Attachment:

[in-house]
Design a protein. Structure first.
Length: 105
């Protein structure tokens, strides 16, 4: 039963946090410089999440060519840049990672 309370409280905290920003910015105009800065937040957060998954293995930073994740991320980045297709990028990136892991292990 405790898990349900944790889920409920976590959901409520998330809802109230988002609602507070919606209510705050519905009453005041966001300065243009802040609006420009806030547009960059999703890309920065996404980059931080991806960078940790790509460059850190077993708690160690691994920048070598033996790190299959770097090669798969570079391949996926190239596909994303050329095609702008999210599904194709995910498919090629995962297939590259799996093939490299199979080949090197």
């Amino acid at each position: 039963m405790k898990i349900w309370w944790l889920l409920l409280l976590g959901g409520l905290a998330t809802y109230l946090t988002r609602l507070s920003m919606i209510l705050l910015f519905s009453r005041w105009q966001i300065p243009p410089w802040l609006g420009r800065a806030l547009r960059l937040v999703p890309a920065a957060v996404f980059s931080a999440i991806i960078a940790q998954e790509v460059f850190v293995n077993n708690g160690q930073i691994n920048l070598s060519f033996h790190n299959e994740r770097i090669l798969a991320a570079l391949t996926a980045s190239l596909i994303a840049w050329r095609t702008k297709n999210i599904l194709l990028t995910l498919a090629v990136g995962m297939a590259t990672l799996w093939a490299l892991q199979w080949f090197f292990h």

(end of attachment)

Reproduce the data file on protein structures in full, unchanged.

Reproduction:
[in-house]
Design a protein. Structure first.
Length: 105
């Protein structure tokens, strides 16, 4: 039963946090410089999440060519840049990672 309370409280905290920003910015105009800065937040957060998954293995930073994740991320980045297709990028990136892991292990 405790898990349900944790889920409920976590959901409520998330809802109230988002609602507070919606209510705050519905009453005041966001300065243009802040609006420009806030547009960059999703890309920065996404980059931080991806960078940790790509460059850190077993708690160690691994920048070598033996790190299959770097090669798969570079391949996926190239596909994303050329095609702008999210599904194709995910498919090629995962297939590259799996093939490299199979080949090197």
């Amino acid at each position: 039963m405790k898990i349900w309370w944790l889920l409920l409280l976590g959901g409520l905290a998330t809802y109230l946090t988002r609602l507070s920003m919606i209510l705050l910015f519905s009453r005041w105009q966001i300065p243009p410089w802040l609006g420009r800065a806030l547009r960059l937040v999703p890309a920065a957060v996404f980059s931080a999440i991806i960078a940790q998954e790509v460059f850190v293995n077993n708690g160690q930073i691994n920048l070598s060519f033996h790190n299959e994740r770097i090669l798969a991320a570079l391949t996926a980045s190239l596909i994303a840049w050329r095609t702008k297709n999210i599904l194709l990028t995910l498919a090629v990136g995962m297939a590259t990672l799996w093939a490299l892991q199979w080949f090197f292990h």